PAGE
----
Running in Central Asia

And you may find yourself in another part of the world

And you may find yourself on a more sedentary package tour than you’re used to.  And you may find yourself trying to cram in training for a major race.  And you may say to yourself, my god, what have I done?

At least, that’s where I found myself when I decided to tack the Istanbul Marathon at the end of a tour of central Asia – Kazakhstan, Kyrgyzstan, Tajikistan, Uzbekistan, and Turkmenistan.  Well, all I can say is it seemed like a good idea until the hour drew nearer and I started comparing the tour’s tight itinerary against the last weeks of my coach’s training plan – uh oh!

Here are some tips that worked for me.  Tell your co-trippers what you’re up to.  They’ll help keep you on track by asking you every morning at breakfast whether you ran that day.  This led to the following exchange one particular day that we all had to be up and on the bus by stupid o’clock – She: “Did you run this morning?”  Me: “Get real.”  She: “Hey everyone, Nancy’s human!”  Keep your eyes open as you’re riding to your hotel for good running routes.  You can plan ahead using Google Earth, and ask your tour guide for suggestions (like nearby parks), but your own boots-on-the-ground reconnaissance is the best resort – and stay flexible!  Don’t worry about motivation; after sitting on a bus all day I was itching to get outside for a run.  Are you ready?  Dust off your high-school Russian and let’s go running in Central Asia!

First, accept the fact that you are a weirdo, and you will be stared at.  People in these countries just do not run, except when they’re in a hurry to get somewhere.  I encountered at most a handful of joggers out on my early morning runs – that’s total, not daily.   Reactions ranged from amused greetings from old men in traditional garb, to incredulous stares from businesswomen in tailored suits, to giggling girls in school outfits, to sheer goggle-eyed wonder from little kids.  I’m not sure what impression this strange and fleeting apparition might have on their future life – inspirational or traumatic?  The only bad experience I had was some guy yelling at me from the back seat of a car in Almaty, and I reacted by adjusting my route to avoid any further encounters.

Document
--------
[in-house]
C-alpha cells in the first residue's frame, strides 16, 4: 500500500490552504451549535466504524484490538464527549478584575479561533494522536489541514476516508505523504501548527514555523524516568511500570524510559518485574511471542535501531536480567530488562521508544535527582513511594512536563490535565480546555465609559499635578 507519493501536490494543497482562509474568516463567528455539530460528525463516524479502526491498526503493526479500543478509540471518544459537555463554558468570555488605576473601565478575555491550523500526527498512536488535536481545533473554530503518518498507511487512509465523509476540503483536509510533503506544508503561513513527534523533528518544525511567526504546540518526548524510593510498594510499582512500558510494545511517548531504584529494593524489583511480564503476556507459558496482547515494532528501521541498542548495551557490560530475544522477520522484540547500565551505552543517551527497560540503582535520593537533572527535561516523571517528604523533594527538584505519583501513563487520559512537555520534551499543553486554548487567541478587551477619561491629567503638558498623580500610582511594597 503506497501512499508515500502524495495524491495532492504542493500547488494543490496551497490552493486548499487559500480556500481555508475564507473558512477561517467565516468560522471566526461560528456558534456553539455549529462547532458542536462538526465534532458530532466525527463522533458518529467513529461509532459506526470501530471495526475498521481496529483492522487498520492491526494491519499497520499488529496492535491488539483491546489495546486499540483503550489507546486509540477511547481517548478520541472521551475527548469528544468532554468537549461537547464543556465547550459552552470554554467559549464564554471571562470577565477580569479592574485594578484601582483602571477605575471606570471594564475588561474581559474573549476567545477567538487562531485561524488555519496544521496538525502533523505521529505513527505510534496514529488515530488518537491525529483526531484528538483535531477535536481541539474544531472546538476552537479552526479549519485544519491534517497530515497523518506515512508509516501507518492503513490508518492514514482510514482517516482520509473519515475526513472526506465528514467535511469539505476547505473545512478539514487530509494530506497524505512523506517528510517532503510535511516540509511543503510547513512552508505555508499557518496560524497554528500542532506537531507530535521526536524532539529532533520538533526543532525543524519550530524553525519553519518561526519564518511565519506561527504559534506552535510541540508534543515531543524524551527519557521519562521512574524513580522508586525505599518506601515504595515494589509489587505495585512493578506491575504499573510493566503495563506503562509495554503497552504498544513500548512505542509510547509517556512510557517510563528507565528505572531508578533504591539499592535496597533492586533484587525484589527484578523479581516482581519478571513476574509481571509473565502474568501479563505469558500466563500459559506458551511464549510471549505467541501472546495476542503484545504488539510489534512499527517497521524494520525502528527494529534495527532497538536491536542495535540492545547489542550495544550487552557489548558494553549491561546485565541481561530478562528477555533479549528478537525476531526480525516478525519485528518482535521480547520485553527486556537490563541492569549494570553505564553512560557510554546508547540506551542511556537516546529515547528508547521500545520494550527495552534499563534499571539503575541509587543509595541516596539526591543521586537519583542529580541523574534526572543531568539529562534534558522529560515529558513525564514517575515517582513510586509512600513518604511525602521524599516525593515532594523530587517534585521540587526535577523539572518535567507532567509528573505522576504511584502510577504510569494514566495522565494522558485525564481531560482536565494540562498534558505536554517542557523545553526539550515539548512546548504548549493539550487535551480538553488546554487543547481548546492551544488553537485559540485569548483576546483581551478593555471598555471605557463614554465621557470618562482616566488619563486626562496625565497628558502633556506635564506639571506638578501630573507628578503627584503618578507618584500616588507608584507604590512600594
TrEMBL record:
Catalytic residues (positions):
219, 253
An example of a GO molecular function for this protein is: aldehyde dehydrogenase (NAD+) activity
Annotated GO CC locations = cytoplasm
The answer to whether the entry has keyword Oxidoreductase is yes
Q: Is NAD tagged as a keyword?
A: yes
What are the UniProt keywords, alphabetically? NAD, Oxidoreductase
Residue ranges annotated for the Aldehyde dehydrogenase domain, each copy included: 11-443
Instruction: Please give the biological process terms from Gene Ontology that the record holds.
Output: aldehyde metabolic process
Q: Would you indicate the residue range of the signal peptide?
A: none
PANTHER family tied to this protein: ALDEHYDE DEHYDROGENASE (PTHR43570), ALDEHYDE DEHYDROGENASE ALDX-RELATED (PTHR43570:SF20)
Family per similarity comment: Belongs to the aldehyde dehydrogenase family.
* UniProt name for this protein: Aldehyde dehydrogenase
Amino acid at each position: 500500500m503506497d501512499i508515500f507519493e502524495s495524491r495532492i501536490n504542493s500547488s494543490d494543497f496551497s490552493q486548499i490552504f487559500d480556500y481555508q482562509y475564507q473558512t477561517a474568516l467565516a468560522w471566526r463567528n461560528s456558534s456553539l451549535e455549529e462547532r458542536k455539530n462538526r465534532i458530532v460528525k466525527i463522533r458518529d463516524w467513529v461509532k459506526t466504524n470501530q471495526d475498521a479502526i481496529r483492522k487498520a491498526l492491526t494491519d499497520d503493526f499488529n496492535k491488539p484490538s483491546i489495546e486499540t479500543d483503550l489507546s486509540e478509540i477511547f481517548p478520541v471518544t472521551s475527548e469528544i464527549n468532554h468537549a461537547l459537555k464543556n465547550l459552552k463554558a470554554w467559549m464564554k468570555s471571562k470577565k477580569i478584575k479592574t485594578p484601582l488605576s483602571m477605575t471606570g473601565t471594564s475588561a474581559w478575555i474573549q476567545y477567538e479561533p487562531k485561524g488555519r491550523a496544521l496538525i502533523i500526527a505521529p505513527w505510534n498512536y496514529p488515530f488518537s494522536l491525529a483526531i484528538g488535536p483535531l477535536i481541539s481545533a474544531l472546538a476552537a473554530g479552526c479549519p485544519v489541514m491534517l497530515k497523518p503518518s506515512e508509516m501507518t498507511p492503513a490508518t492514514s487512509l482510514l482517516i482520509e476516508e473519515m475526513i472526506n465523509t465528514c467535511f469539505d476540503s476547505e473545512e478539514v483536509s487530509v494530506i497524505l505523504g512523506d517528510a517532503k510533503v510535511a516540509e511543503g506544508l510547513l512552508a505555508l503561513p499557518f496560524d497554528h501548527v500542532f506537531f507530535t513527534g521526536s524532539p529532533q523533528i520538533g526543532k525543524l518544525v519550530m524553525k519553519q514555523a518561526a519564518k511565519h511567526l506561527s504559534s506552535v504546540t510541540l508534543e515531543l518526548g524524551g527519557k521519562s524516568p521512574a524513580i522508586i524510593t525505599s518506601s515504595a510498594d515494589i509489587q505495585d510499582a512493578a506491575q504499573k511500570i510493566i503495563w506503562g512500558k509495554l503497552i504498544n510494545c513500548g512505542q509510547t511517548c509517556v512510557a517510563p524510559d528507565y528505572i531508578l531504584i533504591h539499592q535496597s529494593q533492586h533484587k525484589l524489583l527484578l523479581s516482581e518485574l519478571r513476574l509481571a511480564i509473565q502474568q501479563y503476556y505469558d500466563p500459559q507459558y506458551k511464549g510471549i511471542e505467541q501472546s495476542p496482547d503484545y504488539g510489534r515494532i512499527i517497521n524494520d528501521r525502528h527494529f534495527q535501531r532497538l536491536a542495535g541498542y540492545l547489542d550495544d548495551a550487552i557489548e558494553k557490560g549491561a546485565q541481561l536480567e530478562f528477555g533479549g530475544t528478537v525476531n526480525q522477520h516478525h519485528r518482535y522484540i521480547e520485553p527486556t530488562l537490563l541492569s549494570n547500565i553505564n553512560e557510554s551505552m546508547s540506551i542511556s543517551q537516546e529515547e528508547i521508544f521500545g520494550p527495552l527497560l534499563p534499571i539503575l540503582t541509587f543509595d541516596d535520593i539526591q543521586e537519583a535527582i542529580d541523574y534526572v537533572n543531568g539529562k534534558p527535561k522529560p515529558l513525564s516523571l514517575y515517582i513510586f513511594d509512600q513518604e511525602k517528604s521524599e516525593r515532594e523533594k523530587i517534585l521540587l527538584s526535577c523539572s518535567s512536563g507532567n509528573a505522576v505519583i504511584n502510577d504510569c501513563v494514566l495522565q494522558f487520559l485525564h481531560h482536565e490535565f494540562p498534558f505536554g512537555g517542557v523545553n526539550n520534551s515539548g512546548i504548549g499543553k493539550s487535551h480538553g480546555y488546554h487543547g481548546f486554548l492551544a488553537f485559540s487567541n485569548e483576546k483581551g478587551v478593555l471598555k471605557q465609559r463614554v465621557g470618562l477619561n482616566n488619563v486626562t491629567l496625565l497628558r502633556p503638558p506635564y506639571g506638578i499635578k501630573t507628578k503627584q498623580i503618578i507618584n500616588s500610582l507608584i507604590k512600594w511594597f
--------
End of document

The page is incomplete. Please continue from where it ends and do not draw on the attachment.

A legacy of the Soviet era, the major cities almost all have wide, tree-lined boulevards and a central park.  In some areas the pavement is the worse for wear, due to spotty maintenance and decades of freeze-thaw cycles.  You might need to watch your step more than you do at home, depending where you live!  In the evenings both are crowded with young couples and families, and during the day the car exhaust fumes can be a bit much, so the best time of day to run is usually early morning – some sites, like Lake Issyk-Kul or the ancient walls of Khiva are absolutely spectacular at dawn!

As for nutritional support, well, see the above about running not being a major pastime.  You won’t find GU or Gatorade in the stores, so bring your own of whatever you need.  For some local flavor, good snacks you can get at the farmers’ markets include halvah, nougat, and roasted apricot pits.  For gear, I packed three different weights knowing the weather would be variable in the fall, and used all three.

Finally, a note on personal safety.  The day before my flight left, I left the house at 4 AM for my long run, only to have to change my route because the police had blockaded a stretch of the canal to catch some fugitive.  Bad stuff can happen in your back yard, and not just in places named “Stan”.  By all means do your research and use common sense when running abroad – but don’t let fear of the unknown keep you away from having a unique and wonderful running experience!

The following list is for anyone who may have stumbled across this page looking for info about specific cities in central Asia.  These link to my Garmin traces and brief notes.

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